The gift had to standout.
Because President John Simon’s trip to China was only six weeks away, Sophia Eschenbach-Smith, ’20, stood at the head of the design table, sketches in hand. Within a few short weeks, Eschenbach-Smith transformed her ideas into wooden plaques that were presented as a gift from the university.
In November 2018, Simon paid a visit to leaders of some of China’s top universities, including the Chinese vice minister of education and the president of Peking University in Beijing. In China, it is customary to present a gift to your hosts. When brainstorming gift ideas, Cheryl Ann Matherly, the vice president and vice provost for International Affairs, knew just who to ask — the Lehigh South Mountain Makers.
Founded in 2012, South Mountain Makers is a group of innovative students of all majors that work to create products.
Eschenbach-Smith, an art and design student and one of the makers, quickly took on the project along with eight other passionate designers. Their task was to turn 300-year-old wood from trees that fell on Lehigh’s campus into a memorable gift for Chinese university leaders.
When Eschenbach-Smith’s designs were chosen for the plaque, she was honored.
“It felt so cool. I didn’t think that the plaque was going to be chosen,” Eschenbach-Smith said. “I was super excited because to have art recognized is incredible, and at Lehigh, it doesn’t seem like students are exposed to art.”
Not only is gift-giving an honorable tradition in China, it was also an opportunity to transform the idea of Lehigh into a tangible vision for international partners.
When Simon delivered the gift, he said he was excited to hand them a gift with meaning.
“It’s easy to exchange a gift that is standard,” Simon said. “What I liked about the plaques was that a student made it, so it has an emotional connection and shows what the place is about, which is very substantial.”
This was not Eschenbach-Smith’s first time working on designs. Since she transferred to Lehigh in 2017, Eschenbach-Smith has proven to be a driven and reliable leader.
Brian Slocum, manager of Wilbur Powerhouse and a director of South Mountain Makers, said Eschenbach-Smith continually plays a critical role in the planning and execution of projects, and when it came time to brainstorm ideas to design the plaques, she did not disappoint.
“She’s never shy,” Slocum said. “We’re a student team, so I prompt them and then the students essentially are the ones that take over. She thinks differently than a lot of students at Lehigh, and she can put her money where her mouth is with good design and execution of that design.”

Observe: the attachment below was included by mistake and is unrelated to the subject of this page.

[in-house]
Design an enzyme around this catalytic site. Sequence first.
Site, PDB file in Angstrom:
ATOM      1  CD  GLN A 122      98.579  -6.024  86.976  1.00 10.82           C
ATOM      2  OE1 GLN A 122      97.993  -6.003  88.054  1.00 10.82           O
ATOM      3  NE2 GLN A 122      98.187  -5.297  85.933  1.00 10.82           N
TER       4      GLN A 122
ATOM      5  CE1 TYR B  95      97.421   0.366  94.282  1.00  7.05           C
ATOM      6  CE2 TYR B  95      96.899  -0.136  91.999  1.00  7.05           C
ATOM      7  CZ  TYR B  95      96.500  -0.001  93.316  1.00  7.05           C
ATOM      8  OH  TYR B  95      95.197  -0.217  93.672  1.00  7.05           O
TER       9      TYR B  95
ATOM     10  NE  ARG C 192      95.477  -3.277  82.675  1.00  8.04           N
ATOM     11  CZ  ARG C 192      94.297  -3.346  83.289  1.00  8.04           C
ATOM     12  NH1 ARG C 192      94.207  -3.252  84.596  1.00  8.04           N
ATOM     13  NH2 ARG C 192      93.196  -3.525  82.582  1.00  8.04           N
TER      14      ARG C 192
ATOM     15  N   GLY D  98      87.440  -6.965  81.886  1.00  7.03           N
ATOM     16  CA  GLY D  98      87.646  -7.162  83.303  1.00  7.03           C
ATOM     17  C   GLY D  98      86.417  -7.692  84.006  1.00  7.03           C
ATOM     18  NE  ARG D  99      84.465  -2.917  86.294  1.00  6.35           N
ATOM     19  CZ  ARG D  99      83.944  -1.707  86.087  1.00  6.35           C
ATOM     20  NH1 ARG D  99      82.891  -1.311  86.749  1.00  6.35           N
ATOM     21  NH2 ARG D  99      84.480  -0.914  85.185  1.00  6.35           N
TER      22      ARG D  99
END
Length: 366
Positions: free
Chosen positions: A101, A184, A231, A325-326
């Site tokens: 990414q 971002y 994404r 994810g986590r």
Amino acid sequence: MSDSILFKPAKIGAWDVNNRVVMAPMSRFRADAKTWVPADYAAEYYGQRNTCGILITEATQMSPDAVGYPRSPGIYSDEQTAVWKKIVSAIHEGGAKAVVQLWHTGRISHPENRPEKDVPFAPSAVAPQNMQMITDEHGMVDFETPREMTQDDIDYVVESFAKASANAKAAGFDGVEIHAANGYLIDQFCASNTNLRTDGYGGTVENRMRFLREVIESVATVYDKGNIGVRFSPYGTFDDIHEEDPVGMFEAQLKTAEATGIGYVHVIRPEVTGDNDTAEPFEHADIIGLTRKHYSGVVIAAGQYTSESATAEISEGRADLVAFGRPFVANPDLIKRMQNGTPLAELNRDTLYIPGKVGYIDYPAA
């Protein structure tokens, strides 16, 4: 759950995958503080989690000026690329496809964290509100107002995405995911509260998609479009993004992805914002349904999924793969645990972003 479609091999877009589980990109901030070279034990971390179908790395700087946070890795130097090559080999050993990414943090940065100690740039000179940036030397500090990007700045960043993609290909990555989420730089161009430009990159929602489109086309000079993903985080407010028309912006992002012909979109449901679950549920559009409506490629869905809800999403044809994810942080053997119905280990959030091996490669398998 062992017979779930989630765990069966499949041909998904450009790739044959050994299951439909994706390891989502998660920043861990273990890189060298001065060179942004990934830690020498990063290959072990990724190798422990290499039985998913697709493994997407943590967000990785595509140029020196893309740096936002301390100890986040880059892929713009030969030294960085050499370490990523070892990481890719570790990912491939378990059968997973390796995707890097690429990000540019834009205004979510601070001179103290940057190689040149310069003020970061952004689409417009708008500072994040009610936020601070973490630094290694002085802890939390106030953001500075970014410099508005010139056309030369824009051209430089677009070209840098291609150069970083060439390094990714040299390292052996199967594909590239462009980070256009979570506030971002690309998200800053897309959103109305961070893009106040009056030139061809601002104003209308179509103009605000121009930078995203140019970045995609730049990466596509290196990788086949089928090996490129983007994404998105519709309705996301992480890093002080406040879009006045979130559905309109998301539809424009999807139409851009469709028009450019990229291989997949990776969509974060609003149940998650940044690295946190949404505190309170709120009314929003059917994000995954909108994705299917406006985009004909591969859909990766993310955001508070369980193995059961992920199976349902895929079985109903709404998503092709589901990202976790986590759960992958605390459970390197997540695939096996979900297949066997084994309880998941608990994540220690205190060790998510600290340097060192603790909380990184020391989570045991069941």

Simon agreed that there aren’t many students quite like Eschenbach-Smith.
“I don’t think it’s everyday that a student would design and produce something like that,” Simon said. “I think it’s unusual to find someone like her. Once she heard of the opportunity she really wanted to do it.”
Upon arrival in South Bethlehem, she quickly immersed herself in the art and design departments.
While Eschebach-Smith has formed close relationships with these departments, she said she hopes that art will start to have a bigger presence on campus.
“I like the small size of the department. I’m on a first-name basis with a lot of my professors, but I do wish that we were more recognized and integrated into other student life,” Eschenbach-Smith said.
South Mountain Makers is one way that work from art and design students can be recognized, and it uses Lehigh’s history to inspire creations.
“I was honored when Cheryl (Ann Matherly) asked us,” Slocum said. “What’s the alternative? They would order a product in China? The students really responded to that. They really felt the level of importance of the things that they were doing.”
This wasn’t the first time that South Mountain Makers honored Lehigh through its projects. They also created the Alumni Memorial Desk and conference tables in Williams Hall.
Each project is designed using wood that fell on Lehigh’s campus after Hurricane Sandy in 2012.
“I saw the potential of the wood and was thinking of ways to get students involved in projects,” Slocum said. “That was when South Mountain Makers was born.”
And while this project was a great honor for Eschenbach-Smith and the rest of the team, they are not stopping here. They are working on furniture for the office of Stephen DeWeerth, the dean of the college of engineering.
As for Eschenbach-Smith, she said she plans to carry what she has learned in her time here at Lehigh in her future career, wherever her art and creative eyes take her.
“Ideally, I would really love to be a part of a design firm that focuses on furniture or product design,” Eschebach-Smith said. “If I’m really dreaming big, I would want to own my own furniture line.”
No matter where the future takes her, Eschenbach-Smith’s work has earned her the respect from many people.
Now displayed in the office of university leaders in China, Eschenbach-Smith’s work embodies what it means to be a Lehigh student.
“I think the opportunity to explain what it was gave me the ability to get into the discussion of what Lehigh means to people,” Simon said. “Lehigh students like to create things. It gave me the opportunity to show what I think is a characteristic of many students here. She made it meaningful.”